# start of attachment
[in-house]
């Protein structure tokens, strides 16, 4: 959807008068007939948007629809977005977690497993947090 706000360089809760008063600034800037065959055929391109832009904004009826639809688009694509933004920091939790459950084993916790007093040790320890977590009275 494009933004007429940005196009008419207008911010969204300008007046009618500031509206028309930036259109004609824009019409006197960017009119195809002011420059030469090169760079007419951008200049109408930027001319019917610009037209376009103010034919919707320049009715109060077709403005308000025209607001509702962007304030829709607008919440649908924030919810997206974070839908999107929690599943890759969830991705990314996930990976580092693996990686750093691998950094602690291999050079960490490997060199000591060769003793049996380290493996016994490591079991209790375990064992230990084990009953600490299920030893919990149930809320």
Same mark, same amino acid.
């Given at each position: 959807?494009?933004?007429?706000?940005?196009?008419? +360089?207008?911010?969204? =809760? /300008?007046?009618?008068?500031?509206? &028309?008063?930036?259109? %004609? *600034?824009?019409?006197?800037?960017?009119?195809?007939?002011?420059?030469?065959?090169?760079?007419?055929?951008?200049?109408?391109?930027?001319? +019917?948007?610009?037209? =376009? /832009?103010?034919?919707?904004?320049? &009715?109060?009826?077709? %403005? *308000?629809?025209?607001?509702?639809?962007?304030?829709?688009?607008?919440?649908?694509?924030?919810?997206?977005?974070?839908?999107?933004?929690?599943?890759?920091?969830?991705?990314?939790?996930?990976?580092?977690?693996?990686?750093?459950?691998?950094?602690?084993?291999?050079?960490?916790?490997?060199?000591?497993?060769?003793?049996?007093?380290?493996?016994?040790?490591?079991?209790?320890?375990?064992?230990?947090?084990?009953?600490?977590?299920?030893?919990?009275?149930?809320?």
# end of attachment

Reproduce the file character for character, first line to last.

[in-house]
């Protein structure tokens, strides 16, 4: 959807008068007939948007629809977005977690497993947090 706000360089809760008063600034800037065959055929391109832009904004009826639809688009694509933004920091939790459950084993916790007093040790320890977590009275 494009933004007429940005196009008419207008911010969204300008007046009618500031509206028309930036259109004609824009019409006197960017009119195809002011420059030469090169760079007419951008200049109408930027001319019917610009037209376009103010034919919707320049009715109060077709403005308000025209607001509702962007304030829709607008919440649908924030919810997206974070839908999107929690599943890759969830991705990314996930990976580092693996990686750093691998950094602690291999050079960490490997060199000591060769003793049996380290493996016994490591079991209790375990064992230990084990009953600490299920030893919990149930809320």
Same mark, same amino acid.
């Given at each position: 959807?494009?933004?007429?706000?940005?196009?008419? +360089?207008?911010?969204? =809760? /300008?007046?009618?008068?500031?509206? &028309?008063?930036?259109? %004609? *600034?824009?019409?006197?800037?960017?009119?195809?007939?002011?420059?030469?065959?090169?760079?007419?055929?951008?200049?109408?391109?930027?001319? +019917?948007?610009?037209? =376009? /832009?103010?034919?919707?904004?320049? &009715?109060?009826?077709? %403005? *308000?629809?025209?607001?509702?639809?962007?304030?829709?688009?607008?919440?649908?694509?924030?919810?997206?977005?974070?839908?999107?933004?929690?599943?890759?920091?969830?991705?990314?939790?996930?990976?580092?977690?693996?990686?750093?459950?691998?950094?602690?084993?291999?050079?960490?916790?490997?060199?000591?497993?060769?003793?049996?007093?380290?493996?016994?040790?490591?079991?209790?320890?375990?064992?230990?947090?084990?009953?600490?977590?299920?030893?919990?009275?149930?809320?």